COVID-19: Tourists to be regulated as Zoo re-opens
The Uganda Wildlife Conservation Education Centre (UWEC) commonly known as Entebbe Zoo has re-opened its gates to tourists after five months of lockdown.
The re-opening, announced on Saturday, came a day after the tourism minister Tom Butime and Lilly Ajarova, the Chief Executive Officer for Uganda Tourism Board, toured the centre to confirm its preparedness to resume operations.
Dr. James Musinguzi, the UWEC Executive Director, had earlier said not more than 300 people would be allowed inside the animal centre on a given day. Musinguzi said limiting the number of visitors is among the many Standard Operating Procedures (SOPs) developed by UWEC directors and board members to control the spread of Covid-19 to humans and animals.
“All these SOPs including screening, sanitising, social distancing among others are contained in a document we had issued to the health ministry and the national task-force for approval before the Zoo was opened,” said Musinguzi.
Butime lauded the management of UWEC for working hard to survive the ripple effects of COVID-19. “I have appointed a task-force in the ministry to work out modalities with Uganda Tourism Association, Uganda Hoteliers Association and other stakeholders on how Ugandans can salvage the tourism industry by embracing domestic tourism,” said Butime during his earlier tour of the centre. “Now that we have learnt from this bitter experience of COVID-19, we shall learn to domesticate our tourism industry,” he added.
Having remained closed for severalmonths, the centre made tremendous losses since it could no longer get money from gate collections. UWEC managers had to appeal for help from the government and well-wishers so as to feed animals with food worth sh3m everyday. In response, the government remitted sh756m to UWEC while private individuals and companies donated cash and food items totaling to over sh65m.
Only visitors aged six years and above will be allowed to the centre because they must wear masks. UWEC has maintained entrance fees at sh5,000 for children under 14 years and sh10,000 for adults. Before the outbreak of Covid-19, the government had allocated over sh800m for infrastructure development at the animal centre.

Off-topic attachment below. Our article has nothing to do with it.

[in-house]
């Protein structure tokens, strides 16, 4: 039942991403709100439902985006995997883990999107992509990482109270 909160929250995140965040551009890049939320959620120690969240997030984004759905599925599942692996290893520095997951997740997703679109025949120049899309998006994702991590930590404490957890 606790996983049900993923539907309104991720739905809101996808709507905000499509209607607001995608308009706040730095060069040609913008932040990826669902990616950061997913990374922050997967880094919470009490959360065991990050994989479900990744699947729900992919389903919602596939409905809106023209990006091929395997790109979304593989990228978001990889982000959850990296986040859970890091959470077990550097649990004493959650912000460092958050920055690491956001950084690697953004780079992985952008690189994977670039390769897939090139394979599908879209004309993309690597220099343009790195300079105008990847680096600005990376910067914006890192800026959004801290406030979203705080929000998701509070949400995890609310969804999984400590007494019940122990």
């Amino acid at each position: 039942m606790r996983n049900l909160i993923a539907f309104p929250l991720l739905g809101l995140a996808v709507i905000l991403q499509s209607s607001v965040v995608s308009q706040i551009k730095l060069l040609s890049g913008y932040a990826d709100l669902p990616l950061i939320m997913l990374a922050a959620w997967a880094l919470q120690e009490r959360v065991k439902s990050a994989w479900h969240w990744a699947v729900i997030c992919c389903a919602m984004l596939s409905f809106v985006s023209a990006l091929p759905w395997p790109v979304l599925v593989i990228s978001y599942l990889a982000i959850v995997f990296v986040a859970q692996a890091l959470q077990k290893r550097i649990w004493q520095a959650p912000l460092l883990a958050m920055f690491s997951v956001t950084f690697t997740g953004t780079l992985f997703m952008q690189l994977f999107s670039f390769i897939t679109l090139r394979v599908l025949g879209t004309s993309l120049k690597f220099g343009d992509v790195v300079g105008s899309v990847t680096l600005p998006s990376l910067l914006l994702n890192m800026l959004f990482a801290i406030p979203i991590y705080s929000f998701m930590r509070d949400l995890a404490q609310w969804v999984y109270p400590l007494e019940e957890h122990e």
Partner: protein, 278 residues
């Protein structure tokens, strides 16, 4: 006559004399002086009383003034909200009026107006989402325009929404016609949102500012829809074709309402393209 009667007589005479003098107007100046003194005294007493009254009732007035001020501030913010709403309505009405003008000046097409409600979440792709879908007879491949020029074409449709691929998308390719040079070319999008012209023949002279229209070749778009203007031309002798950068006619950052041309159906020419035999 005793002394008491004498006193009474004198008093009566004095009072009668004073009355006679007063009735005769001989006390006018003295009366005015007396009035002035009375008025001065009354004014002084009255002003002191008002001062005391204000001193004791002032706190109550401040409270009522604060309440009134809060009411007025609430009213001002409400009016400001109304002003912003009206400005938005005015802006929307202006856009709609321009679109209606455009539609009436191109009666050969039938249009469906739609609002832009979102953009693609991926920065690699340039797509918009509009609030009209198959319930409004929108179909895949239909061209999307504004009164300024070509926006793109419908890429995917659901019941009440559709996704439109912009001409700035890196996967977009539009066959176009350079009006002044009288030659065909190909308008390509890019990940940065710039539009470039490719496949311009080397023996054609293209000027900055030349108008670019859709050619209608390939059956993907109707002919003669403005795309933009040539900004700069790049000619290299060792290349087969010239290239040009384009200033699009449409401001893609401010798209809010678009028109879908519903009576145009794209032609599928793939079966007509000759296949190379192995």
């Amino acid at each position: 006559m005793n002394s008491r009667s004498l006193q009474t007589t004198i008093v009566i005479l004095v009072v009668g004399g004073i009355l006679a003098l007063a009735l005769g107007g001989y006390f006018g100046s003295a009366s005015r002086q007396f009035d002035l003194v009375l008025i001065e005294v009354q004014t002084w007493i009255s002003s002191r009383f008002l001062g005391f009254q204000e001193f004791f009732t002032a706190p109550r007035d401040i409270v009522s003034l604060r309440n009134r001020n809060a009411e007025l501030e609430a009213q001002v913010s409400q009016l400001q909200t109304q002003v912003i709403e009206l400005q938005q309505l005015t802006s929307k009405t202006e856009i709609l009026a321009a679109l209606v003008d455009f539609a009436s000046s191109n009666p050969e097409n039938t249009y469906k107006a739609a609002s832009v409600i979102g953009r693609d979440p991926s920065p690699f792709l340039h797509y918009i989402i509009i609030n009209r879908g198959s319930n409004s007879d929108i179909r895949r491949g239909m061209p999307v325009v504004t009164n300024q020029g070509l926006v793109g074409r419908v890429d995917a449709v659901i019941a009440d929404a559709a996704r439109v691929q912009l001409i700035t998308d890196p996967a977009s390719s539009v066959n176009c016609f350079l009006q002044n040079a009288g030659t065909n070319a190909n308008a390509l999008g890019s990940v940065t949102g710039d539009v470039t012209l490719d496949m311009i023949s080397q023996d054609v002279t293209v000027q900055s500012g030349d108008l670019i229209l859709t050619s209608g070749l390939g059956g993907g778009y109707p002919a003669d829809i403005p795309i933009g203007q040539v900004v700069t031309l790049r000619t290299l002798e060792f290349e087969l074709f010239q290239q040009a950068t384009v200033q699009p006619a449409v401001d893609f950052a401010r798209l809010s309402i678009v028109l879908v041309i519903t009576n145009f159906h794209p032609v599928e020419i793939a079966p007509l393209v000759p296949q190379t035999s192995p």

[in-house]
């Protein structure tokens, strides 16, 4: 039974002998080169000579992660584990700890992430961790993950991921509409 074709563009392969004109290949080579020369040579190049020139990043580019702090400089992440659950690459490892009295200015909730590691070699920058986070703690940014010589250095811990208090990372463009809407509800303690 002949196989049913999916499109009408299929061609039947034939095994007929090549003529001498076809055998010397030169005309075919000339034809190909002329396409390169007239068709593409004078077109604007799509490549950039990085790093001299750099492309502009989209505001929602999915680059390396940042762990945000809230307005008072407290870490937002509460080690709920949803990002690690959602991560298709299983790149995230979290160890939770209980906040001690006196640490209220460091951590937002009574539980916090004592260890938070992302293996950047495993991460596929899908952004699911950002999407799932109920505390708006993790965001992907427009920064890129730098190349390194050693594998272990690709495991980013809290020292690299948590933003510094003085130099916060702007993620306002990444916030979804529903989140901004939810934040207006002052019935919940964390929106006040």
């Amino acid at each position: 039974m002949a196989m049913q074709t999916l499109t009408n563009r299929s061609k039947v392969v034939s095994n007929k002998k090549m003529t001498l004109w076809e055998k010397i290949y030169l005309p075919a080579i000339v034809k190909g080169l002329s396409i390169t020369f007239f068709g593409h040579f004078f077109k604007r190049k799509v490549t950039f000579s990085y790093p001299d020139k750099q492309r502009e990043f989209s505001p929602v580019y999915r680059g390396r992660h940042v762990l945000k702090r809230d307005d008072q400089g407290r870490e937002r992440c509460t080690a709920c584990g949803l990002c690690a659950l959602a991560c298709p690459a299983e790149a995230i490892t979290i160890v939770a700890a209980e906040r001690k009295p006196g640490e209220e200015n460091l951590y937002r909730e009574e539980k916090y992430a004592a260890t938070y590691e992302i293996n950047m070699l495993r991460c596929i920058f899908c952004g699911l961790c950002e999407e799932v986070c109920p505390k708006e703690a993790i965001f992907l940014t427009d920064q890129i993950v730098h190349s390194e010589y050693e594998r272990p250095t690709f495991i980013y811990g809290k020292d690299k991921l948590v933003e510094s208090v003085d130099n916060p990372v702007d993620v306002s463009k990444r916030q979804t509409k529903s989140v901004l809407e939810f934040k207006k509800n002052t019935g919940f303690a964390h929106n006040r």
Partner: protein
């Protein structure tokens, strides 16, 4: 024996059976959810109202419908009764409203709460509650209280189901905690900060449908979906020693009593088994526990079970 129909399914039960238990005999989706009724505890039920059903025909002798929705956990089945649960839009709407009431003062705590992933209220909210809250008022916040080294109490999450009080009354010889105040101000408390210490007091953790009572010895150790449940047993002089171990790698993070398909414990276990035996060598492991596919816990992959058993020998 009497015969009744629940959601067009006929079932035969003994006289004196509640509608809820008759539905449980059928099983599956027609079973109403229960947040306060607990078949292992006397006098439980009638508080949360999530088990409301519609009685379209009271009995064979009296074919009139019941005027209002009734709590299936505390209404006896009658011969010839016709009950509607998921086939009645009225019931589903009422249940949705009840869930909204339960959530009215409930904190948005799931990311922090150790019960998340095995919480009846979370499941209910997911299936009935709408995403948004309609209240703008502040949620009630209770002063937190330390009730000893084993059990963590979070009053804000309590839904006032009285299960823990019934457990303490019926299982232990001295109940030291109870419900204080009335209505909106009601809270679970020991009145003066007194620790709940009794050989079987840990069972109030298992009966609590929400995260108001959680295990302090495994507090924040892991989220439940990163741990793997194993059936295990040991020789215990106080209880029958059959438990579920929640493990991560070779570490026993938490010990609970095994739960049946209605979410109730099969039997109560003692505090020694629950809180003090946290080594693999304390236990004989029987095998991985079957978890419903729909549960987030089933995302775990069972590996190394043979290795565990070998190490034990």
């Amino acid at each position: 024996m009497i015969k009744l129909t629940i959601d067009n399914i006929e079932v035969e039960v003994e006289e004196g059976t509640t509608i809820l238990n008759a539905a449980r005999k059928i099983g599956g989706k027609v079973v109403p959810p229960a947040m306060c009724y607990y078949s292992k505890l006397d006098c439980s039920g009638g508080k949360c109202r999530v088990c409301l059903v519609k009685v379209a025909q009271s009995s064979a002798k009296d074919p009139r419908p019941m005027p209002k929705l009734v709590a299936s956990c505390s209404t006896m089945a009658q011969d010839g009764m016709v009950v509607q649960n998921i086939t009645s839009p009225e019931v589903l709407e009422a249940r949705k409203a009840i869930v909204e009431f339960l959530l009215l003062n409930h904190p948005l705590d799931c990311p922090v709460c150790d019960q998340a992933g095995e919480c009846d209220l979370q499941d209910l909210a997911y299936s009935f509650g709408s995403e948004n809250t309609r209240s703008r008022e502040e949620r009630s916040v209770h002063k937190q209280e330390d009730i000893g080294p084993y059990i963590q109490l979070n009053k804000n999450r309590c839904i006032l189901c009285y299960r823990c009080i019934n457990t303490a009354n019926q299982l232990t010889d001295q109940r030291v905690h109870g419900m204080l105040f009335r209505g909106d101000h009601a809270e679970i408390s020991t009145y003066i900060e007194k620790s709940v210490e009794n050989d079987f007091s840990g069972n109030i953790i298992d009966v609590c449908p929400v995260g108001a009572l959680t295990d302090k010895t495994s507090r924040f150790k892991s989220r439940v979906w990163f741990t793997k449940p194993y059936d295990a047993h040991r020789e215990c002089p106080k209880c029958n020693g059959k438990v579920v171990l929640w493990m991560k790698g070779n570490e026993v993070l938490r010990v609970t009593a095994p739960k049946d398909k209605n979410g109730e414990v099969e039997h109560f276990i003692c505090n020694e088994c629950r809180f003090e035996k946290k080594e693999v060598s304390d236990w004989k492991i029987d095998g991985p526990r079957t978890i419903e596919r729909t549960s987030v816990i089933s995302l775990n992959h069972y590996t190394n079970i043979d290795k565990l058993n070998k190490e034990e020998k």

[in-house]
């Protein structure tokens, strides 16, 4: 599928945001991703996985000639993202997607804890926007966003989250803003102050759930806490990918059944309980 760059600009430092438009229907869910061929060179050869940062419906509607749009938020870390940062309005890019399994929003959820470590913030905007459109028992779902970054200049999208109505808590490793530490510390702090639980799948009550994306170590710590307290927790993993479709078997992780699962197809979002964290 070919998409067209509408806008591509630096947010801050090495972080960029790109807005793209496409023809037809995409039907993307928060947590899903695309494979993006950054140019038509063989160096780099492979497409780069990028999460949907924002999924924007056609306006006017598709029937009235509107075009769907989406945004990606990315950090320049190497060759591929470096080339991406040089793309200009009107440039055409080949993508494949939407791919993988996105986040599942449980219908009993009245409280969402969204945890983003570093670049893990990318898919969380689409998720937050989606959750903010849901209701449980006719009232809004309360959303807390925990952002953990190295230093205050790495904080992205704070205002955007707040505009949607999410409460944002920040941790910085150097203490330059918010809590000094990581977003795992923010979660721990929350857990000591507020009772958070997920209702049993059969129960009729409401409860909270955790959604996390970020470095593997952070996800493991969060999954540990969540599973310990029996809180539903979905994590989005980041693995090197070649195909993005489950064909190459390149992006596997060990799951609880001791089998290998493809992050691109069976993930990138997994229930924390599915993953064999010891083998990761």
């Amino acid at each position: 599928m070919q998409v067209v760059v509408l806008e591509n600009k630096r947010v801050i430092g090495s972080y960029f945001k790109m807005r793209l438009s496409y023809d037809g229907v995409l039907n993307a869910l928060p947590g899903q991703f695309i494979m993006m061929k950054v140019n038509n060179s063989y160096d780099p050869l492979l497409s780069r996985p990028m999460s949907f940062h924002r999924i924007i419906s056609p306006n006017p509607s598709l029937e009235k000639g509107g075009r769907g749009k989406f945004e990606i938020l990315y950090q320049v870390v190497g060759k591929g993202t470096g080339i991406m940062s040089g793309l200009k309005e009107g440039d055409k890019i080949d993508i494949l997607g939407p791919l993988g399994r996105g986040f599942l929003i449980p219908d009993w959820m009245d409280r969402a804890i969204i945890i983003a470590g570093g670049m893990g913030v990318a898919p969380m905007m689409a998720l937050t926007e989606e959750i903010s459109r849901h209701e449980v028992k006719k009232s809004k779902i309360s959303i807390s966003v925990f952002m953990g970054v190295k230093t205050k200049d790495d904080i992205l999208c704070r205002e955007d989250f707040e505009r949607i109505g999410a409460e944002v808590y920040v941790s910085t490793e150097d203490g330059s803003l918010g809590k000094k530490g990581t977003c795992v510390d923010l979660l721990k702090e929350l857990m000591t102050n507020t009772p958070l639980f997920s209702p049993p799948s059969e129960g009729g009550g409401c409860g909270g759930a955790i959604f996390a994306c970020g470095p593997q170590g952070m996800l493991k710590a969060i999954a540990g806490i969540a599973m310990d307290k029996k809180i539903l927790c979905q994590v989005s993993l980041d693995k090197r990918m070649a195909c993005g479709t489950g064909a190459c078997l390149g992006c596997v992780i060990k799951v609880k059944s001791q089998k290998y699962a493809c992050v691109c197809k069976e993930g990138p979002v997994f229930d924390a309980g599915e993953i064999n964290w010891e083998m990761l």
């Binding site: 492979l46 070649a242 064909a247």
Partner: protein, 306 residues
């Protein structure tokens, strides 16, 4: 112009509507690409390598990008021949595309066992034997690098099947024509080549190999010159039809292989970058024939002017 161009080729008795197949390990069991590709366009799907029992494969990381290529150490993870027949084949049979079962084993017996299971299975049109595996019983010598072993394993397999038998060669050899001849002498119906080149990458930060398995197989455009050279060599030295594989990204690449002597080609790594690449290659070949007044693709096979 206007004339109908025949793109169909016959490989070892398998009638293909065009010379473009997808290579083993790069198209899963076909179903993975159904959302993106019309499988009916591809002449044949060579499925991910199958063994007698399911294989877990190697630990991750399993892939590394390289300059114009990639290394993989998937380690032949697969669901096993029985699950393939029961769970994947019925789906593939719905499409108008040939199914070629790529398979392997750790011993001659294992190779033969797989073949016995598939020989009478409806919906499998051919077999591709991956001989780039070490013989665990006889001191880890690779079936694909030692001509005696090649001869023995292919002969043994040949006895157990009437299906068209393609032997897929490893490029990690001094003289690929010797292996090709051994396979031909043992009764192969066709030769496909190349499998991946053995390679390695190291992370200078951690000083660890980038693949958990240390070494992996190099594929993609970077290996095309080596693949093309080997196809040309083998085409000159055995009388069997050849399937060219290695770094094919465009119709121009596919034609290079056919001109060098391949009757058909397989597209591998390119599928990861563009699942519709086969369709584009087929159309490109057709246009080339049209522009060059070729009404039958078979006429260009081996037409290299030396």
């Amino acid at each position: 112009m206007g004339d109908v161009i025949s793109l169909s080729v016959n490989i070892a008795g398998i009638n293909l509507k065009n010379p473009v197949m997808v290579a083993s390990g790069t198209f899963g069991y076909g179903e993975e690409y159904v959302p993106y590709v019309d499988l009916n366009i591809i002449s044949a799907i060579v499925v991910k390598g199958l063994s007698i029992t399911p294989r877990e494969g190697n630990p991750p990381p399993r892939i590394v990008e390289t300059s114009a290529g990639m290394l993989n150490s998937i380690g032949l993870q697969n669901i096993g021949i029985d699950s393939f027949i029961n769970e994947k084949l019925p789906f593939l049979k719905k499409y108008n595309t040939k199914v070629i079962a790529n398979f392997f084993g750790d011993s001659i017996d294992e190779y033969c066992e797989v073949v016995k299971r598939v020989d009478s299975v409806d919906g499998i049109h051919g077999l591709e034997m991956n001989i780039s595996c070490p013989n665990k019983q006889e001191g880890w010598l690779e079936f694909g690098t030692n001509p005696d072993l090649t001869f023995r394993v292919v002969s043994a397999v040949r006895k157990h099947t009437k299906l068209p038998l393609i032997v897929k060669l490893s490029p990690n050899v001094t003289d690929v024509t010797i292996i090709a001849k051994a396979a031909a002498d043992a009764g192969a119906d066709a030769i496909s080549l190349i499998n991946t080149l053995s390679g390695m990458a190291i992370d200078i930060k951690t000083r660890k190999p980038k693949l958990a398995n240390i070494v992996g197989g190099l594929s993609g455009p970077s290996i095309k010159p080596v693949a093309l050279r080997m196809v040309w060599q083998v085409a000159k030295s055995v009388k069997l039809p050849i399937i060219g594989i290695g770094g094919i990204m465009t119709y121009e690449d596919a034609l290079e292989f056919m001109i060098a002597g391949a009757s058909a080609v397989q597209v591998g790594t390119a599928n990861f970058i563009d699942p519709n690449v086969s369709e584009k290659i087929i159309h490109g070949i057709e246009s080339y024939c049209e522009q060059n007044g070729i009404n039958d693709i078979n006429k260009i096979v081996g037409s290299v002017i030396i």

Several structures have been put inplace, including new animal holdings, a floating restaurant, a giraffe holding area, elephant exhibition centre, ramp rand for disabled persons, Zakayo monument among others.
Other developments are; security cameras, greening the environment and revamping structures among others.
“We are delivering on our workplan target and we are surely back with a bang,” Musinguzi said.
According to Francis Okello, who is overseeing the installation of cameras at UWEC, there will be easy dissemination of footage from the new-installed cameras through the control room to any website or medium of communication.
“Authorised officials will also be able to remotely access these cameras, hence will be able to monitor whatever shall be taking place at the facility,” Okello explained.
Govt to take charge of Zoo
Unlike in the past where money collected at the gate would be spent at the centre, now all monies collected at UWEC shall be remitted to the consolidated fund. In return, government will be advancing the centre with all the money for feeding animals among other costs. “Our budget this financial year 2020/2021 is sh13.11b out of which, sh6.46b is for recurrent expenditure whereas sh6.65b is for capital development,” stated Musinguzi.